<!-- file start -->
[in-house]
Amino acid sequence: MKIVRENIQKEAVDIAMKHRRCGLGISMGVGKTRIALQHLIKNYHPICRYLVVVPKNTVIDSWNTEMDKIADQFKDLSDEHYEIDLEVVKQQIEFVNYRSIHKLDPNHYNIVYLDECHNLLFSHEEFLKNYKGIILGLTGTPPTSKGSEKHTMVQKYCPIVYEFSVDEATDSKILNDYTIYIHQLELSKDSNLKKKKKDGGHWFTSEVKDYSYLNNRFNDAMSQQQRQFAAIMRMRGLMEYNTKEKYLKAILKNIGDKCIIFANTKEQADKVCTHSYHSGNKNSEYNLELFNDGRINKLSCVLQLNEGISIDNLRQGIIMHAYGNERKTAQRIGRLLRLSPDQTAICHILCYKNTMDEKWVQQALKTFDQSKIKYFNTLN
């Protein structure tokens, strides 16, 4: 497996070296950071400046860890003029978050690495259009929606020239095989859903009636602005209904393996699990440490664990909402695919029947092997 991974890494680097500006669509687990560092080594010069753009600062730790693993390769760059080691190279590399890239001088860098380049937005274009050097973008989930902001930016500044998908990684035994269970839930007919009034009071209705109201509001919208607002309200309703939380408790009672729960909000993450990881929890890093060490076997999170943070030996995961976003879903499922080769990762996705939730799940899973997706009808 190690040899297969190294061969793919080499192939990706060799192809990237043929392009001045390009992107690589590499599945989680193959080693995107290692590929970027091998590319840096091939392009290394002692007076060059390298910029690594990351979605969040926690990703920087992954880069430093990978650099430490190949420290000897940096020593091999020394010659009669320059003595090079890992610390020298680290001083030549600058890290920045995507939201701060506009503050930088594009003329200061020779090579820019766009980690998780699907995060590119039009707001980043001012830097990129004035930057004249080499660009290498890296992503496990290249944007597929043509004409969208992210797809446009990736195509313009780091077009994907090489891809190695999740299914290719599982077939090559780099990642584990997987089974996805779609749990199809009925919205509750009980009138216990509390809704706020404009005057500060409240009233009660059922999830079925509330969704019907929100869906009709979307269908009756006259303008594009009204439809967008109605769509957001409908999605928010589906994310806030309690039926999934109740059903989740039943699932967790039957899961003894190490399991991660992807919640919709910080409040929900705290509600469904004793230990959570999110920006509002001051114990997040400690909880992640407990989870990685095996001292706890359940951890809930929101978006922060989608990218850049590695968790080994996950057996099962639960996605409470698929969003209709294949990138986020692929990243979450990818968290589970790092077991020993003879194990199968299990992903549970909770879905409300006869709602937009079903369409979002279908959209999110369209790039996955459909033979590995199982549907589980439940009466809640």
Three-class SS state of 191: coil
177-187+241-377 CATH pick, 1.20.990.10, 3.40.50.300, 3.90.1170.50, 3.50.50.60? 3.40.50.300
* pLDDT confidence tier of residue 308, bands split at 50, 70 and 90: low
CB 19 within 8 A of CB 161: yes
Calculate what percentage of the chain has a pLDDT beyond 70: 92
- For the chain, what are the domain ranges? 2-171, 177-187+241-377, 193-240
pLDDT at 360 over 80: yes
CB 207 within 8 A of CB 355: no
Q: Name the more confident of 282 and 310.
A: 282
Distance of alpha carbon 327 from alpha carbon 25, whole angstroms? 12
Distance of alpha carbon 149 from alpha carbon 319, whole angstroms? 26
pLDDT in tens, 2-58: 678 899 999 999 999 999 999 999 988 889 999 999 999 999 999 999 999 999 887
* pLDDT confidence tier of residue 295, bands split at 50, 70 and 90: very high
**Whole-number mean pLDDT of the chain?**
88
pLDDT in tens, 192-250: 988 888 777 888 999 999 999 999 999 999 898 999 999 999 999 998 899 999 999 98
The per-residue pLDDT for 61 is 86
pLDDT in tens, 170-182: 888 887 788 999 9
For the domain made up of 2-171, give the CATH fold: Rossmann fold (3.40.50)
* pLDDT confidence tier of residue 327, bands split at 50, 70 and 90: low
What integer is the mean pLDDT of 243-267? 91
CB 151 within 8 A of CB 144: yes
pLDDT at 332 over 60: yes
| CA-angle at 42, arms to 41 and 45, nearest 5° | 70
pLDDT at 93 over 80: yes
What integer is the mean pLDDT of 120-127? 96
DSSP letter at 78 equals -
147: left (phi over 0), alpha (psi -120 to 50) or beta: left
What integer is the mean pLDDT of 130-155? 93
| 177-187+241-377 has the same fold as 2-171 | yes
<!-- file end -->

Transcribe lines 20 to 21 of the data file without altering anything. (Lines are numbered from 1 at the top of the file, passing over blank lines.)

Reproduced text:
pLDDT in tens, 192-250: 988 888 777 888 999 999 999 999 999 999 898 999 999 999 999 998 899 999 999 98
The per-residue pLDDT for 61 is 86